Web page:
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On Not Becoming a Scientist

22 September 2006 (All day)
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Children are capable of understanding more science than many educators give them credit for. But those same teachers may not know enough to help their students learn what they need to know to compete in a global economy. That message comes from a new assessment of U.S. science education in elementary and middle schools from the National Academies' National Research Council (NRC).

The report, Taking Science to School: Learning and Teaching Science in Grades K-8, says that U.S. students are continuing to fall behind their international counterparts despite 15 years of reform efforts. Part of the reason, according to the expert panel, is an overstuffed curricula taught by teachers who don't thoroughly understand the subject matter. Students are also stymied by "repeated, shallow coverage" that fails to give them a conceptual understanding of what it means to do science.

"With all the pressures facing teachers, that's just not on their radar," says panelist Daniel Levin, a former middle and high school science teacher in Montgomery County, Maryland, who is now pursuing his doctorate in science education. "Sure, there's an emphasis on teaching the components of the scientific method so that students can spit it back on a test. But they miss the bigger idea that science is a way of making an argument, of convincing someone based on the evidence."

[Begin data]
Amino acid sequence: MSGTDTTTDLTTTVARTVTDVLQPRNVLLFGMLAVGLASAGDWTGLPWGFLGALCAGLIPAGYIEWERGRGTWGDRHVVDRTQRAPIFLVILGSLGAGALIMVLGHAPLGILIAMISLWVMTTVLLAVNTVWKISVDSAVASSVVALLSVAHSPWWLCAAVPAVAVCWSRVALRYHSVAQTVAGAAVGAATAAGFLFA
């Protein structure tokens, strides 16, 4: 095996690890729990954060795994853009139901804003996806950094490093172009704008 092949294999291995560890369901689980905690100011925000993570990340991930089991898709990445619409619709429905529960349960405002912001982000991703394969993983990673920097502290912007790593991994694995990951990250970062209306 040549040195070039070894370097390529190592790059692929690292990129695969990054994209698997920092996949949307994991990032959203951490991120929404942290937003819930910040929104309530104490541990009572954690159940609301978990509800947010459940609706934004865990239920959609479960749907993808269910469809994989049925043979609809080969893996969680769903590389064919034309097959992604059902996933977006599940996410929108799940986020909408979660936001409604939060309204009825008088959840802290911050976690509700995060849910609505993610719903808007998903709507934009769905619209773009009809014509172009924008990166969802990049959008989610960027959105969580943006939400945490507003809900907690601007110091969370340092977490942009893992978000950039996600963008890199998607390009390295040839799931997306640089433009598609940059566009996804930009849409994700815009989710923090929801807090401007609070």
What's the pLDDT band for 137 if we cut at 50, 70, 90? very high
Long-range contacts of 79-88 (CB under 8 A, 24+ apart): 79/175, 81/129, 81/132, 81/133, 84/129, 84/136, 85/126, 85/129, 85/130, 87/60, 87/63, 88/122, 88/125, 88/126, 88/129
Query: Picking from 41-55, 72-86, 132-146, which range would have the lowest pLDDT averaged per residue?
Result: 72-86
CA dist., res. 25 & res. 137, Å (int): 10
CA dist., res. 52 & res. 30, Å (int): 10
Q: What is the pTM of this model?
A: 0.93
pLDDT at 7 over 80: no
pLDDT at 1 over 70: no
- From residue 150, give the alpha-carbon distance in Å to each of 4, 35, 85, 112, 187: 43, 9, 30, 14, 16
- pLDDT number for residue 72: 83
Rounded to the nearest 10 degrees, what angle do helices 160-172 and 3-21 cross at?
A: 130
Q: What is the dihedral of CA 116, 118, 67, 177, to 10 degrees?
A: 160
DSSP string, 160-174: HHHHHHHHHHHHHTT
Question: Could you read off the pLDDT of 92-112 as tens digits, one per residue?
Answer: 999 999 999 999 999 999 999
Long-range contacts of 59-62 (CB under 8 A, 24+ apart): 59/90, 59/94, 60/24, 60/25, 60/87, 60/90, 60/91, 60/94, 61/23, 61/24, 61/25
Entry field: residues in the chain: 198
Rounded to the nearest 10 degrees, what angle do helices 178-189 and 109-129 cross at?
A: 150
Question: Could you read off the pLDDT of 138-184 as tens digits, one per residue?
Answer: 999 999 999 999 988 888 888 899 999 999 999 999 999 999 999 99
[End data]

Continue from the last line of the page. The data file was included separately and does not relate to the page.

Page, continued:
The report notes that the debate between direct instruction and hands-on, inquiry-based learning has created a false dichotomy. It says both approaches should be used to help students become proficient in science and to understand scientific inquiry. The panel also laments the achievement gap between majority students and non-Asian minority and disadvantaged students, although it says that it was not able to come up with a solution during its 2-year study. Next spring, NRC plans to issue an easy-to-read version of its report for practitioners and the general public.

"This is an important report," says Gerry Wheeler, executive director of the National Science Teachers Association, "because it hits on two key points: the need to pare down the number of requirements in the current standards, and the need to offer better professional development to improve teacher content knowledge. We will be pushing it."

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